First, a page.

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Smart Bombs: Military, Defense and National Security

Why Ukraine Fears Russia’s Granat Drone

Granat Drone
Granat Drone. Image Credit: Creative Commons

Russia’s Granat Drone Is One To Watch – Drone use, especially for intelligence, surveillance, and reconnaissance was supposed to be the Russian way of war.

Vladimir Putin’s forces are equipped with several recon drones, but it is not clear if they are being flown in conjunction with armored battalion tactical groups. One drone that has a wide array of capabilities is the Russian Granat unmanned system which has several variants. Let’s take a deeper look at this drone and examine why it is a leader in the Russian fleet of remotely-piloted vehicles.

The Granat Drone Can Do It All

The Granat drone is a versatile platform. It can be used for collecting intelligence data, targeting artillery, spotting bomb damage assessment, relaying communications, and conducting electronic warfare. The Granat is designed with advanced mapping to spot enemy military ground systems for follow-on attack by other elements of Russian firepower.

Specifications Should Make It a Successful Asset

The Granat can also conduct search and rescue efforts for downed pilots of friendly aircraft. All of these missions depend on modern optical and infrared cameras for still-photos and video. The payload is seven pounds. The drone has six-hours of endurance and can fly at a speed of 86-miles per hour. The maximum altitude is 11,500 feet and its range is 43-miles.

It is not a large drone. It weighs 66-pounds and is eight feet long with a wingspan that is 11-feet. Once this drone flies to an elevation of one mile or more, it is difficult to detect. The Granat is launched from a catapult. Each system has two drones with a charging and re-fueling apparatus.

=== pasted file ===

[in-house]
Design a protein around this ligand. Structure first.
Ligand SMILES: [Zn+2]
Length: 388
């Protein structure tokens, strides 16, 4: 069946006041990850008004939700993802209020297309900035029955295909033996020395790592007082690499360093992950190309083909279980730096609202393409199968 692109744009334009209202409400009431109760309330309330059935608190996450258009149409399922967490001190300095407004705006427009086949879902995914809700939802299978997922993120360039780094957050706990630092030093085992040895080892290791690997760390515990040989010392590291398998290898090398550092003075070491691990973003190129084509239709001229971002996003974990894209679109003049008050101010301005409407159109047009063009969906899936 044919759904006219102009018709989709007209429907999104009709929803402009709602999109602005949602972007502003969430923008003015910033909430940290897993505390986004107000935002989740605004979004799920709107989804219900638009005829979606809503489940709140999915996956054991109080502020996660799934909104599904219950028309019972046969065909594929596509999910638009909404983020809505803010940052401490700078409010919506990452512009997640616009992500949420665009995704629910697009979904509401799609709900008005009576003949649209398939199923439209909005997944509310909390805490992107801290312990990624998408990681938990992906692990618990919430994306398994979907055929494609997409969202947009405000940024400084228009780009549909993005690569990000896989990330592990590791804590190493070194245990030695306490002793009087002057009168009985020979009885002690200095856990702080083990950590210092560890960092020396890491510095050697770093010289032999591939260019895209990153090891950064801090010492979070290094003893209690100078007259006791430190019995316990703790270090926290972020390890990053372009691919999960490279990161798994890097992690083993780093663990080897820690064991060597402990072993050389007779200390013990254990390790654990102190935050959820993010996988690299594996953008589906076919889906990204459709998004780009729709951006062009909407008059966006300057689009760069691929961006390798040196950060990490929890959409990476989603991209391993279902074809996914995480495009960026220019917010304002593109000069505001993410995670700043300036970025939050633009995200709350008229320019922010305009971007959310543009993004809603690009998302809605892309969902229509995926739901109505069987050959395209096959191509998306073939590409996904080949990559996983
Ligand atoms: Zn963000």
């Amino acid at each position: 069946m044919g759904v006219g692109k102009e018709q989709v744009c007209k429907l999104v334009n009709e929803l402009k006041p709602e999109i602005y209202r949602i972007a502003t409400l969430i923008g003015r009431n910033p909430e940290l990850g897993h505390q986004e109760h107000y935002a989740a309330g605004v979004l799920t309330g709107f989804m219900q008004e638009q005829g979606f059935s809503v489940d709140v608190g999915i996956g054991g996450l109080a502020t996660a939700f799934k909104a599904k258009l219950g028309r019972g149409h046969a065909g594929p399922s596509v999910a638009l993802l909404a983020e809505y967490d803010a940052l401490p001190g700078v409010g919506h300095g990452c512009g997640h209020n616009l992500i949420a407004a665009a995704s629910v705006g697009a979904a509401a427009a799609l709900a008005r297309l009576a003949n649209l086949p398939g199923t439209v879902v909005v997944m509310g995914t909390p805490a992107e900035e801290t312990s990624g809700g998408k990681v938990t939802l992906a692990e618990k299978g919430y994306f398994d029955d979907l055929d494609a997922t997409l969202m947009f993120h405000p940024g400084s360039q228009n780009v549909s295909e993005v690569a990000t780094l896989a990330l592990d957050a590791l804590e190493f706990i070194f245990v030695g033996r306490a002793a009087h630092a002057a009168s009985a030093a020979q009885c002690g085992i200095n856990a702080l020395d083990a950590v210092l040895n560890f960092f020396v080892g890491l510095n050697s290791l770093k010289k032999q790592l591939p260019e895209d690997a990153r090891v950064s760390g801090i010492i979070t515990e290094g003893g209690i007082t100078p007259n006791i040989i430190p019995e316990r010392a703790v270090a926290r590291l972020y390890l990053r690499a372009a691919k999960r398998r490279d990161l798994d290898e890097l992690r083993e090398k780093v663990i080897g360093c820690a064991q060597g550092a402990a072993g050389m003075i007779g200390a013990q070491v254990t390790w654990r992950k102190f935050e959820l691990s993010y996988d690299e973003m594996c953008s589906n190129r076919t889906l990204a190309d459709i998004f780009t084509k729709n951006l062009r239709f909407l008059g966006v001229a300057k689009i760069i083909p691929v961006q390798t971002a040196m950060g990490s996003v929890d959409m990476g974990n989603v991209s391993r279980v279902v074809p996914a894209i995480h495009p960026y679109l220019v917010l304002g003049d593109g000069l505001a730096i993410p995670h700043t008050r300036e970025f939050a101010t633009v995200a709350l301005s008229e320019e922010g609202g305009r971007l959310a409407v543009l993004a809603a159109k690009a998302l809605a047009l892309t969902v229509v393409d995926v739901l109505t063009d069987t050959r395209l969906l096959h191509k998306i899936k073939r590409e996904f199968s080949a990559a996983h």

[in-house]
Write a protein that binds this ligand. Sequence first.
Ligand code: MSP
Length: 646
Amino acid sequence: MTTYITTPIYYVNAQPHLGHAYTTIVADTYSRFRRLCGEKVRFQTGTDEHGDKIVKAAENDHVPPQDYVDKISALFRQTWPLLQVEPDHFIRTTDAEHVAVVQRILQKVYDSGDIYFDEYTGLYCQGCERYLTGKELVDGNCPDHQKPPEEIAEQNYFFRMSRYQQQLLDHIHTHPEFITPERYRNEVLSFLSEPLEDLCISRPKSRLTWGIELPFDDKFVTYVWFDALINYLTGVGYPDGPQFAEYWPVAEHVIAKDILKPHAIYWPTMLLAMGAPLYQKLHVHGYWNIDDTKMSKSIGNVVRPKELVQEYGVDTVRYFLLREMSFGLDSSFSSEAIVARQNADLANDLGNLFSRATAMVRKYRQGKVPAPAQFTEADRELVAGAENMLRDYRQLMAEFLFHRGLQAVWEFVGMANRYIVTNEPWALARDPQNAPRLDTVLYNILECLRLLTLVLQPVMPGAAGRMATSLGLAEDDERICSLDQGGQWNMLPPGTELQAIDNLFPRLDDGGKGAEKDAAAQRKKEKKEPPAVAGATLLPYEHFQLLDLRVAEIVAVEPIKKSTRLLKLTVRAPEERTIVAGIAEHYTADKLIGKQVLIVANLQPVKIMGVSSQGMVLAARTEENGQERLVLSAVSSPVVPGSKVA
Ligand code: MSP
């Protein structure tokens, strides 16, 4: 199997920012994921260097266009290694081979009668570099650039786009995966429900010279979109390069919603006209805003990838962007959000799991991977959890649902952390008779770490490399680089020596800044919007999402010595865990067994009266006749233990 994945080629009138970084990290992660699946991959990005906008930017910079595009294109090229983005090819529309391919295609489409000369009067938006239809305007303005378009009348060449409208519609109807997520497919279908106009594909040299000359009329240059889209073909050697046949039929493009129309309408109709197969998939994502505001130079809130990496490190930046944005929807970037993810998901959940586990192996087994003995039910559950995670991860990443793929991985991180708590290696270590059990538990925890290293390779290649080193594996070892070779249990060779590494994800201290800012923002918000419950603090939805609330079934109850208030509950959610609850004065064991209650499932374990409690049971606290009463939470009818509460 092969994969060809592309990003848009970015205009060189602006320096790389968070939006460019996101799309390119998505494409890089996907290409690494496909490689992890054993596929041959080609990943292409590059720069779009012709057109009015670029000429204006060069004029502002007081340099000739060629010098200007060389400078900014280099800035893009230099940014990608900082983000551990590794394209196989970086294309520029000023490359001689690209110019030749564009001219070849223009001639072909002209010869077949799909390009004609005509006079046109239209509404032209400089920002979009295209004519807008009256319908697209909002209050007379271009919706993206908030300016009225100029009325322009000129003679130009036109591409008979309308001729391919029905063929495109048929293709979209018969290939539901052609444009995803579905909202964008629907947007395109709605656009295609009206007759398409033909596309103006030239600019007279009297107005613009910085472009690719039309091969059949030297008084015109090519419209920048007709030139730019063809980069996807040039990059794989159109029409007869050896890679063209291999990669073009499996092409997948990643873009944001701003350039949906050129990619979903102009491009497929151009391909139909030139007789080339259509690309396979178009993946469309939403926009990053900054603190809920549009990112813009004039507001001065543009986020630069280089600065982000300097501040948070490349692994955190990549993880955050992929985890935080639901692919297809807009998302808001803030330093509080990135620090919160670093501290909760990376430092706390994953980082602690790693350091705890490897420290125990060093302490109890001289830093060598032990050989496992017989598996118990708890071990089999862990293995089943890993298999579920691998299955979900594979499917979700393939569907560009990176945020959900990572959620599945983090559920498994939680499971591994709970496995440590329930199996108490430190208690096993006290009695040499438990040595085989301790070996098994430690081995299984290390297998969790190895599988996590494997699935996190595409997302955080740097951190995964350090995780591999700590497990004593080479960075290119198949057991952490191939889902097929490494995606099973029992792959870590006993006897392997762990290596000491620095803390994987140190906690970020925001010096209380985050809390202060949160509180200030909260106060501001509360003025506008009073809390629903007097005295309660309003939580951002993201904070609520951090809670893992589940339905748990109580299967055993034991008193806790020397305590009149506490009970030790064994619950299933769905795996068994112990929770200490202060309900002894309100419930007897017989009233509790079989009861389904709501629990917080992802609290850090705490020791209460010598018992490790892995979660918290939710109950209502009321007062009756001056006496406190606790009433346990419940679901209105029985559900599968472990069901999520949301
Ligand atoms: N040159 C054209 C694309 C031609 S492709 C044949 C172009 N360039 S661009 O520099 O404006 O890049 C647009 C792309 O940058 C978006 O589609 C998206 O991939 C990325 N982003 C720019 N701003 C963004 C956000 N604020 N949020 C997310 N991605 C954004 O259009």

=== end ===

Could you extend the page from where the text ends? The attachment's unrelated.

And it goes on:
Able to Pilfer Enemy Communications

The Granat-4 has been upgraded to a signals intelligence platform that can snoop enemy radio communications and send this data to friendly forces. Signals intelligence is a valuable commodity on the battlefield and this drone should be able to sniff out Ukrainian plans for a better picture of the combat situation.

They Have Been Downed by the Enemy

But it has had mixed success since before the invasion. A Granat-2 model was shot down by Ukrainian forces in early January when it was on a recon mission above the Donbas region. ISIS shot down a Granat in 2017. Syrian rebels took one out in 2018.

Are the Russians Using Their Recon Drones?

For these reasons, the Granat may have remained on the shelf at the beginning of the invasion. Military analysts have speculated that since Russian armor has endured such a difficult time at the hands of the Ukrainians is because many reconnaissance drones were not deployed early on. The Ukrainians have set up numerous ambushes against Russian tanks that a lighter drone flying out ahead could have spotted.

The lack of eyes and ears runs contrary to Russian doctrine that they executed in Syria and in training missions before the invasion of Ukraine. By now, the Russians should have learned lessons from experiencing significant losses in tanks and infantry fighting vehicles.

The Russians Have a Strong Drone Arsenal On Paper

The Granat drone is one of many Russian recon drones in the fleet. The Eleron-3, Zala, Takhion, and Zastava all can send intel data back to operators for analysis at command and control centers. There should be enough for at least one unmanned system for each Russian battalion tactical group, yet it seems like maneuver units do not have situational awareness that could be accomplished with these drones.

Combat is about adjusting to the facts on the ground and learning from bad plans or mistakes. The Russians will have to right the ship and one aspect of lessons learned is for recon drones to be better integrated into the force structure. There is an ample fleet with extensive capabilities – maybe it’s time to get them off the shelf if Russia is to survive this war.

Now serving as 1945’s Defense and National Security Editor, Brent M. Eastwood, PhD, is the author of Humans, Machines, and Data: Future Trends in Warfare. He is an Emerging Threats expert and former U.S. Army Infantry officer. You can follow him on Twitter @BMEastwood.

Written By

Now serving as 1945s New Defense and National Security Editor, Brent M. Eastwood, PhD, is the author of Humans, Machines, and Data: Future Trends in Warfare. He is an Emerging Threats expert and former U.S. Army Infantry officer.